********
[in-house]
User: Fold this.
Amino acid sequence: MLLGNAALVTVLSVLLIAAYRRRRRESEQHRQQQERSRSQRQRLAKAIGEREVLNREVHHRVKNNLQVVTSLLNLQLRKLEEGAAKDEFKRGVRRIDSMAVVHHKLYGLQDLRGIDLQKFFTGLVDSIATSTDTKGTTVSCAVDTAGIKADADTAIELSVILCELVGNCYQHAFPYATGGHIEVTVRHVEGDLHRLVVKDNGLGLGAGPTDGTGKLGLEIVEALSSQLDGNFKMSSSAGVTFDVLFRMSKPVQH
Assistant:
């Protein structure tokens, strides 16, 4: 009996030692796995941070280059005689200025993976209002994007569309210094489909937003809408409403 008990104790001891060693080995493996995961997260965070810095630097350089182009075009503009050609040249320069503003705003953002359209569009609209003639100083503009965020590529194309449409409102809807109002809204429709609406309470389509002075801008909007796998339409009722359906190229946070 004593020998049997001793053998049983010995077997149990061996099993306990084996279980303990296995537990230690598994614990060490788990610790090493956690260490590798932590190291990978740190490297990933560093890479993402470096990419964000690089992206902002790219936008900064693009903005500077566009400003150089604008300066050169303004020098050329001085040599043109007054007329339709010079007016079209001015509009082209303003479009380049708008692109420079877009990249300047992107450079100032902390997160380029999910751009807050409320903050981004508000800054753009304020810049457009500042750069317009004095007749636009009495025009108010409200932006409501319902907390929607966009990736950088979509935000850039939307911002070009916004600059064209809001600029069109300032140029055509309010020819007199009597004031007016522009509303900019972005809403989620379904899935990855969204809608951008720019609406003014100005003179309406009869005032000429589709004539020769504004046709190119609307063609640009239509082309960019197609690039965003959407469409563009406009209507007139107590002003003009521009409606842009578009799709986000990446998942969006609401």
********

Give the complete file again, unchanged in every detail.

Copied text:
[in-house]
User: Fold this.
Amino acid sequence: MLLGNAALVTVLSVLLIAAYRRRRRESEQHRQQQERSRSQRQRLAKAIGEREVLNREVHHRVKNNLQVVTSLLNLQLRKLEEGAAKDEFKRGVRRIDSMAVVHHKLYGLQDLRGIDLQKFFTGLVDSIATSTDTKGTTVSCAVDTAGIKADADTAIELSVILCELVGNCYQHAFPYATGGHIEVTVRHVEGDLHRLVVKDNGLGLGAGPTDGTGKLGLEIVEALSSQLDGNFKMSSSAGVTFDVLFRMSKPVQH
Assistant:
């Protein structure tokens, strides 16, 4: 009996030692796995941070280059005689200025993976209002994007569309210094489909937003809408409403 008990104790001891060693080995493996995961997260965070810095630097350089182009075009503009050609040249320069503003705003953002359209569009609209003639100083503009965020590529194309449409409102809807109002809204429709609406309470389509002075801008909007796998339409009722359906190229946070 004593020998049997001793053998049983010995077997149990061996099993306990084996279980303990296995537990230690598994614990060490788990610790090493956690260490590798932590190291990978740190490297990933560093890479993402470096990419964000690089992206902002790219936008900064693009903005500077566009400003150089604008300066050169303004020098050329001085040599043109007054007329339709010079007016079209001015509009082209303003479009380049708008692109420079877009990249300047992107450079100032902390997160380029999910751009807050409320903050981004508000800054753009304020810049457009500042750069317009004095007749636009009495025009108010409200932006409501319902907390929607966009990736950088979509935000850039939307911002070009916004600059064209809001600029069109300032140029055509309010020819007199009597004031007016522009509303900019972005809403989620379904899935990855969204809608951008720019609406003014100005003179309406009869005032000429589709004539020769504004046709190119609307063609640009239509082309960019197609690039965003959407469409563009406009209507007139107590002003003009521009409606842009578009799709986000990446998942969006609401």